“If you were, it would explain a lot.” That caught my attention pretty quickly. I tilted my head at him, and I think I gave him a dirty stare.

“How so?”

“Only a ghost would be roaming around a graveyard.” He rolled his wheelchair up to me, and looked at the slabs.

“Relatives? Or you?” I shook my head, “Can’t read.” He looked at me with glaring eyes. But, that was all. I didn’t know whether he actually judged me, but he dismissed the thought pretty quickly.

“You at least know your name?” He asked. It strained me to think of it. I shook my head once again. He rolled away, and began treading the other rows of slabs.

“Okay. Then, do you know why you’re here?” I didn’t want to think about it. So I didn’t.

“Nothing as serious as what you have,” I said, not knowing. He didn’t say anything at this point, but simply went about his way reading the slabs. Once he was done a row, he turned around, and made his way down another lane. He stopped mid way this time, and I walked up to him.

“How about you? Any relatives on here?” I didn’t expect an answer. Just mindless bantering, between two people who just so happened upon this quaint enclave of  history.

“Not yet, at least,” he answered. He turned his wheelchair to face me, and smiled, “Do you know what it feels like to be paralyzed?”

“Strange question. No,” I answered with a slight smile. He chuckled, and then turned his wheel chair back, and began rolling through the rest of his lane. Once he was done, he began on another, and this time, I began to walk behind him, looking at all the slabs he did, unable to read.

“Actually, I don’t know. I can guess,” I shrugged. But he never replied, and so I continued.

“Being paralyzed must feel like the weight of the world is on your back.” I looked up at the sky. It was a clear day. Not a single cloud in sight, and not a single bird flying above to indicate a sign of life. The only thing here was the bodies below. That, and a wheelchair, and I.

“Everything around you starts caving in, and despite you wanting to stop the subjugating masses of reality, you can’t.” He stopped, and looked upon a single slab. His eyes were fixated on it. His hands were restless, tapping on the arm of his chair.

“To me, accepting your paralysis means giving up.” He looked up at me, smiled, and then looked back down with a sigh. He wheeled his way off, and I followed.  We never said anything until he finished looking at each row. When we were done, he stopped at the spot he came from.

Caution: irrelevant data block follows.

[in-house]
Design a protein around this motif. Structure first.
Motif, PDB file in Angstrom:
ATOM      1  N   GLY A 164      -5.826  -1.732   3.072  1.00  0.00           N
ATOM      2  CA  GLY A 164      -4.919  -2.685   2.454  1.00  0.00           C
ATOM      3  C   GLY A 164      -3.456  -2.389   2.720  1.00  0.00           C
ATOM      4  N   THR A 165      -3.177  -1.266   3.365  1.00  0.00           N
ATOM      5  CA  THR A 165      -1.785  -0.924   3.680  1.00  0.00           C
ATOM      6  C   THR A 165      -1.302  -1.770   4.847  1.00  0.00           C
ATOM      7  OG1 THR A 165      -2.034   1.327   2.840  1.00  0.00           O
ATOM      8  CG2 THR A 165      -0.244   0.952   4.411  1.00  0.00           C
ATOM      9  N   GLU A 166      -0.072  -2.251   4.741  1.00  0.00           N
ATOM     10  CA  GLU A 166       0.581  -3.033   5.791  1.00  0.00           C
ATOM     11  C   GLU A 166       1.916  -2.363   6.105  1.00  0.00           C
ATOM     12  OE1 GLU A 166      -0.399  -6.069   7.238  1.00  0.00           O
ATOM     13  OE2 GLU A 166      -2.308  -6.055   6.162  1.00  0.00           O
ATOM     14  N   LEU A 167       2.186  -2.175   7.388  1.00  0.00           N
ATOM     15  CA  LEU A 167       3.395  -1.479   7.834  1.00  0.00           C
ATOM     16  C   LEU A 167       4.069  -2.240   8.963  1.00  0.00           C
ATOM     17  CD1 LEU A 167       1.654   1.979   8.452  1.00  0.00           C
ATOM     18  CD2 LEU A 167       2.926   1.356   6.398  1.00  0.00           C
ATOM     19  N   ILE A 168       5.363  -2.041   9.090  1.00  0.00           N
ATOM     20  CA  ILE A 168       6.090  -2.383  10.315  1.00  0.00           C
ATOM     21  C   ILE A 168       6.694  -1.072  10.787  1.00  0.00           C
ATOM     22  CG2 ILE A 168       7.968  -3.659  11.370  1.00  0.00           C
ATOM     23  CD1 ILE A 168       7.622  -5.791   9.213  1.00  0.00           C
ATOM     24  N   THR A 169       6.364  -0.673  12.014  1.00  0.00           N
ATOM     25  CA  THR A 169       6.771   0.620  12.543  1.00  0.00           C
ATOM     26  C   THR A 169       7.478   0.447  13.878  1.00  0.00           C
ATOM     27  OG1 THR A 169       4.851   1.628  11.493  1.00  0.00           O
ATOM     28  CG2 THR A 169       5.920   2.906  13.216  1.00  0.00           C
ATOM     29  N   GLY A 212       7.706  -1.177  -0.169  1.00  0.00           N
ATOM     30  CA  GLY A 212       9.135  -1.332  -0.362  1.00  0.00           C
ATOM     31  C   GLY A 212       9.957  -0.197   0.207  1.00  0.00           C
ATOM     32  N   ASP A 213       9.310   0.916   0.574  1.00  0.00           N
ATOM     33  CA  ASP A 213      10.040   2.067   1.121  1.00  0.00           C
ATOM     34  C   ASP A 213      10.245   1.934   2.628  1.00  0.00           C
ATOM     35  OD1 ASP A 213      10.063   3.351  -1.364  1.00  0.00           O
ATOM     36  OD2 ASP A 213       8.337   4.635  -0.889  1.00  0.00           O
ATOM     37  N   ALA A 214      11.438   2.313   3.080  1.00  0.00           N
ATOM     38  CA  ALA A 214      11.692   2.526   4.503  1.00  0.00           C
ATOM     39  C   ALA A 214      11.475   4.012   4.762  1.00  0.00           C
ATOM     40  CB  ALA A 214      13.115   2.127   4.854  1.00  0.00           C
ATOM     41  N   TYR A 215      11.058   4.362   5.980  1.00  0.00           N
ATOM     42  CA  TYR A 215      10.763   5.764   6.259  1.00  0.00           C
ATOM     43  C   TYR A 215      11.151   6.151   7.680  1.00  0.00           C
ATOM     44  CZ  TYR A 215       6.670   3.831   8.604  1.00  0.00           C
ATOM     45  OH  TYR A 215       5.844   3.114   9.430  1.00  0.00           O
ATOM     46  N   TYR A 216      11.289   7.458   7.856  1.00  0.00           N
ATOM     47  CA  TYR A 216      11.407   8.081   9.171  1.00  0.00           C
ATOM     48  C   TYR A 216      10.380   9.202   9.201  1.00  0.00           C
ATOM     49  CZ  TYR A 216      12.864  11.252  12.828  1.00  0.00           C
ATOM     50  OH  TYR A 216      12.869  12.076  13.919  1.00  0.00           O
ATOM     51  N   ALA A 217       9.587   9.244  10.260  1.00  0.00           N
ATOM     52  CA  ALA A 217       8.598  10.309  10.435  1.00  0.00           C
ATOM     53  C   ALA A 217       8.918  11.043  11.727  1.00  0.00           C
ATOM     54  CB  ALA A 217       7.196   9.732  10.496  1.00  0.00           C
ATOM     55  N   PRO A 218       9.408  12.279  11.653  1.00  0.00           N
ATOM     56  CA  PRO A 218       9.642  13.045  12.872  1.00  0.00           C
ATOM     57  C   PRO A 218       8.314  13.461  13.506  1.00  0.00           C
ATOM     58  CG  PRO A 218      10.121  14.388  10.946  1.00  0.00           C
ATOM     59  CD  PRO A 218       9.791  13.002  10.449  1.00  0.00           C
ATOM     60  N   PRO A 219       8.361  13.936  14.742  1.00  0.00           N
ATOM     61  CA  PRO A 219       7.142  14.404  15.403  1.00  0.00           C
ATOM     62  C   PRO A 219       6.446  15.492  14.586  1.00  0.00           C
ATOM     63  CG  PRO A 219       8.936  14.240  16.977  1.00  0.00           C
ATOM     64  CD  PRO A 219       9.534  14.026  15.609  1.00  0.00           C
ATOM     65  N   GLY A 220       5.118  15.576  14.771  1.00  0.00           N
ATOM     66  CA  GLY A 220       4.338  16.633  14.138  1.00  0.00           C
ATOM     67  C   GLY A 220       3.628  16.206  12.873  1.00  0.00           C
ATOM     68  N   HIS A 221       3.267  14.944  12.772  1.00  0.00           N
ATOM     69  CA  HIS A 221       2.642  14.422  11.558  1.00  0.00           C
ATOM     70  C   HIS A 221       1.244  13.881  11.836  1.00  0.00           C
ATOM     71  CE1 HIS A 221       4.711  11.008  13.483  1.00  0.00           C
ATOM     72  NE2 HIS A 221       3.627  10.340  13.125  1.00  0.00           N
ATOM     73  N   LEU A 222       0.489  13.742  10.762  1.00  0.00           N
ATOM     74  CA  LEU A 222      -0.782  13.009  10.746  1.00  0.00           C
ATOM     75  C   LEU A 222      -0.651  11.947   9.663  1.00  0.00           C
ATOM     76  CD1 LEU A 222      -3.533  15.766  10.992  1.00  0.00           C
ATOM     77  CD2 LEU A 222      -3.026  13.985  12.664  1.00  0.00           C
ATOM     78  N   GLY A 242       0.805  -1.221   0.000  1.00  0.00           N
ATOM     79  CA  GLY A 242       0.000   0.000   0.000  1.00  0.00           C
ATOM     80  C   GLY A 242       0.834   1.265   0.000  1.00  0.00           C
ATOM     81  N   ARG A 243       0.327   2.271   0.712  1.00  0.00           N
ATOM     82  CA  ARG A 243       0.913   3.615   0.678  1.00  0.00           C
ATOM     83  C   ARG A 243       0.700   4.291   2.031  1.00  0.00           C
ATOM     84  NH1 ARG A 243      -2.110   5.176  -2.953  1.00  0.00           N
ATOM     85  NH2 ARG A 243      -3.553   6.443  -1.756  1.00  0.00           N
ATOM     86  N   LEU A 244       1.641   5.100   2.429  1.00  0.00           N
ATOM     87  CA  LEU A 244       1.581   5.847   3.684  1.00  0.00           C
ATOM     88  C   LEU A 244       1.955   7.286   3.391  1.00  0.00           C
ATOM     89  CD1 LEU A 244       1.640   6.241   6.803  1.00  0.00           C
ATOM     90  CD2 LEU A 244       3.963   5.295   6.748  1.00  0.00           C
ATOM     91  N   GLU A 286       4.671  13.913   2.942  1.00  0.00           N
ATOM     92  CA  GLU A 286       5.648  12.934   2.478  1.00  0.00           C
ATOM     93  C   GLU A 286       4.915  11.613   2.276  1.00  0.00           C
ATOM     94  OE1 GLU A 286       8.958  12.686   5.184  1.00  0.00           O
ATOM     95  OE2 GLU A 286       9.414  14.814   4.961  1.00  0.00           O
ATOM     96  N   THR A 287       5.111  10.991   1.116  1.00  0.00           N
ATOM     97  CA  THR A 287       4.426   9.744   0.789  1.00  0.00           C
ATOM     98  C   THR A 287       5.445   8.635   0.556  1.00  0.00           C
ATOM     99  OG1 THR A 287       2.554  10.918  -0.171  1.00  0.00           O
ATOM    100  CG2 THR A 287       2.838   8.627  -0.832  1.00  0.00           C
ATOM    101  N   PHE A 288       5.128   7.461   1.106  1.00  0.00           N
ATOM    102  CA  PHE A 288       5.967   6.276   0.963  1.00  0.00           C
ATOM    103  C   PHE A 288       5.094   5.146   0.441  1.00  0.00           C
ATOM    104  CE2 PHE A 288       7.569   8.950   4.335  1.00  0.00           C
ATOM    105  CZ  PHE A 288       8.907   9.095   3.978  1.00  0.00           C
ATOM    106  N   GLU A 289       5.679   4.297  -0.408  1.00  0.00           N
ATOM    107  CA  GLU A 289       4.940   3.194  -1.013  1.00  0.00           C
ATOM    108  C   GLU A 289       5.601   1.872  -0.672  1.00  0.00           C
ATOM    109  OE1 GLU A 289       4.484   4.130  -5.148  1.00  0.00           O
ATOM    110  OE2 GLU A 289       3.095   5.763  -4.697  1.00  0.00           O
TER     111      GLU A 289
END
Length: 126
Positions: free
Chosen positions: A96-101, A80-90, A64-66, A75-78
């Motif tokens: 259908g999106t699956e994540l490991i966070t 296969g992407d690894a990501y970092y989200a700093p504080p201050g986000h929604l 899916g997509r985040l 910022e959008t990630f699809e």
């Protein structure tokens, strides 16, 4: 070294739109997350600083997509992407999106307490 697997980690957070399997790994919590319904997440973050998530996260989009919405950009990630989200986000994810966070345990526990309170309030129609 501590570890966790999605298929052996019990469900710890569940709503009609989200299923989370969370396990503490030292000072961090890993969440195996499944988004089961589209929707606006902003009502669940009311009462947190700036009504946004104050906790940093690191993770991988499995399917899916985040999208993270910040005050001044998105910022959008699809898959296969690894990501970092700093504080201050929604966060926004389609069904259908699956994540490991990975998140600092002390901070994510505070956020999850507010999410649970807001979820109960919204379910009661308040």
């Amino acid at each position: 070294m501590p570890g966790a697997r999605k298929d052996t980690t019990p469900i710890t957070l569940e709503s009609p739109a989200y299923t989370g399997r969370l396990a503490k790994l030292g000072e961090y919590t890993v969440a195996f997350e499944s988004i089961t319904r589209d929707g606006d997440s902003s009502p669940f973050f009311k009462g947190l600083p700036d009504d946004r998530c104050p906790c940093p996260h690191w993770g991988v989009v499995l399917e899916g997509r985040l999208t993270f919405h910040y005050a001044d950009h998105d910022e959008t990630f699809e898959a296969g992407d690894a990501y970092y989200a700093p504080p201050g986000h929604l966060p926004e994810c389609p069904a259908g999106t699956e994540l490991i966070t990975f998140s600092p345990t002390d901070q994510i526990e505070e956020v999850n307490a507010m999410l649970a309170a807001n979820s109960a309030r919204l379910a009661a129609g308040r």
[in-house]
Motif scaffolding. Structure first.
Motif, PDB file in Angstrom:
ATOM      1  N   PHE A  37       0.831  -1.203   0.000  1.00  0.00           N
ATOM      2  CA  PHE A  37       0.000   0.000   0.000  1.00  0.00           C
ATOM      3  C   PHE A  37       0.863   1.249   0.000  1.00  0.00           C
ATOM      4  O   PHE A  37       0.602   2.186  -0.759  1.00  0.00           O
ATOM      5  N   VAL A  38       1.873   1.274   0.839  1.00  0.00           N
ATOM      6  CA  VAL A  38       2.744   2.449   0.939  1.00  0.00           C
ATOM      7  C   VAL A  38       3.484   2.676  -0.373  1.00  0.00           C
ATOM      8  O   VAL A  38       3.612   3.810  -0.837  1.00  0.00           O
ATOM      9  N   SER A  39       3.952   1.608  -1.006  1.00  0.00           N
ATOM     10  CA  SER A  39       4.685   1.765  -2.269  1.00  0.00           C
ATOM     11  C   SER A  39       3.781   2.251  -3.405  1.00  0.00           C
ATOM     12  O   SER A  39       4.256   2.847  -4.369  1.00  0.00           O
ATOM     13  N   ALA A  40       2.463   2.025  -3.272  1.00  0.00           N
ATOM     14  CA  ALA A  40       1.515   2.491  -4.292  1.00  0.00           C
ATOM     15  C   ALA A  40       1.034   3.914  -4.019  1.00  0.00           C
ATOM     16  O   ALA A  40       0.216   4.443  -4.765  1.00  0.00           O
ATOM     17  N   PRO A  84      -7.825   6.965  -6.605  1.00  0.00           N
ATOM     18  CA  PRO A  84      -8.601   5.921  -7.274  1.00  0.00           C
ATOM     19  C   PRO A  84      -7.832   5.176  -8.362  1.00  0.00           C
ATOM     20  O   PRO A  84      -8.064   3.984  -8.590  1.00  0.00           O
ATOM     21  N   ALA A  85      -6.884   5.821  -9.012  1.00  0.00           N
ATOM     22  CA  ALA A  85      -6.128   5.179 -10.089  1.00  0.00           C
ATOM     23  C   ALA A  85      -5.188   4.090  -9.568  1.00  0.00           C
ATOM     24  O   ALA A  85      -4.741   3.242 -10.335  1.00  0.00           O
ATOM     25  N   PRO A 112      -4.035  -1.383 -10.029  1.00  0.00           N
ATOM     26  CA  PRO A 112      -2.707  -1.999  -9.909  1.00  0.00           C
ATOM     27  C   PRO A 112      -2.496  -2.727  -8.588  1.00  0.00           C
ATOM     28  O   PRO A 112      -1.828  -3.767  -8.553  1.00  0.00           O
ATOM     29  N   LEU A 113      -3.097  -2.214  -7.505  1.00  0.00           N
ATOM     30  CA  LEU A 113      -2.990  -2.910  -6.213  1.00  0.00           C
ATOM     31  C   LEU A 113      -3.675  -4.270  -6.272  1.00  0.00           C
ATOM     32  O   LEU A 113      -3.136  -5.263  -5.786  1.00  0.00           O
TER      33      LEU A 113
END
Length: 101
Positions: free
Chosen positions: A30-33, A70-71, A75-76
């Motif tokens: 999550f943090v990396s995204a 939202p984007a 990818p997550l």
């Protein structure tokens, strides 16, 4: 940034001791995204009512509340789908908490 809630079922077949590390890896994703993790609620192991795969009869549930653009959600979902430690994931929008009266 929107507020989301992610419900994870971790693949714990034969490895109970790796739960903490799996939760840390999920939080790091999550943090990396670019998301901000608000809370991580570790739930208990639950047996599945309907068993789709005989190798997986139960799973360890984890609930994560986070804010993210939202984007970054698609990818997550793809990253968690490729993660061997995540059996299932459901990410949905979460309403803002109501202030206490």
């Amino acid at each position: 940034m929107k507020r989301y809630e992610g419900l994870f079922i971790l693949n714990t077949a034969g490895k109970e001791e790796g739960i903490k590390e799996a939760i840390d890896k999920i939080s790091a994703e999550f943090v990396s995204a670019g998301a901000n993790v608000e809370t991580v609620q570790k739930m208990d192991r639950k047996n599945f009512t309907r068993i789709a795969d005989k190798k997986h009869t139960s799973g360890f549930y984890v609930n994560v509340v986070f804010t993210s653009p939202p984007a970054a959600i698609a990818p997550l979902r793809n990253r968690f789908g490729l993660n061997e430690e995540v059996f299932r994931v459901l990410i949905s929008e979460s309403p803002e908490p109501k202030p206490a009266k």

“To me, it means not being able to do what I want to do. Because I’m just a disabled, pitied being,” he said with a short wistful air to him.

“And what do you want to do?” I replied as I walked towards him.

“I want to live life. Without broken bones.”

“Why can’t you?” He stopped,  his eyes fixated on the earth below us. I came to, and with the same white gown, that was now browned at the hems, patted him on the shoulder. I shrugged and added, “Nothing wrong with being different. Right?” He looked down, didn’t even bother to shrug me off, and just smiled as he brought his head up, “Yeah. You’re right,” he said. And then, added, “It’s just… It’s hard to think about that. I can’t even begin to imagine living like this. Can you?” I shook my head. I couldn’t. I couldn’t, but I knew that at one point in my life, I could have sympathized. For some reason, it didn’t hurt me to think about it. I was just like him.

We walked back to the hospital, and along the way, I saw a patch of flowers that were beginning to wilt. I stopped him and pointed it out. It was a group of yellow petaled flowers, and one that was oddly blue. I couldn’t discern a name for them, but I knew that the blue flower was special. Yet, no matter how different it was, it still lived a life among the rest.

“Just like you,” I said out loud, “Minus the dying part,” I quickly corrected. We laughed. Once we got back to the hospital, I wheeled him inside, back to where I came out. The hallway was still empty which made me feel oddly comfortable. I followed his direction and brought him to his room.

“I hope you do well. You still have the rest of your life ahead of you,” I said.

“Yeah. I do. I hope you find the rest of your life too. ” With that, we waved, and I was off. I wandered down the hall, with each step echoing in my head. I walked, and followed no particular line, but I found my room. I couldn’t read, nor did I know my name, but I knew it was my room. It drew me in. I opened the door, and stood in front of my bed. It was just like I left it. Messy. Then, it hit me. Hospitals usually have a name plate for their patients in front of the bed. I crouched down, and lowered my eyes to the name plate. Then, I realized I couldn’t read but  maybe I would remember the words anyway. I could still match them visually. As I scanned the plate, I noticed that there were numbers on the plate. Date: 1976. I looked around and went outside my room, looked at what was written on it. The letters were all different. Strange, I thought. I went over to my bed, and then looked at everything around me again. Except, the flowers were wilting, just like the ones outside. It made me want to cry. I crawled into my bed, and then covered myself with the white sheet. I then closed my eyes, and waited for the world around me to stop.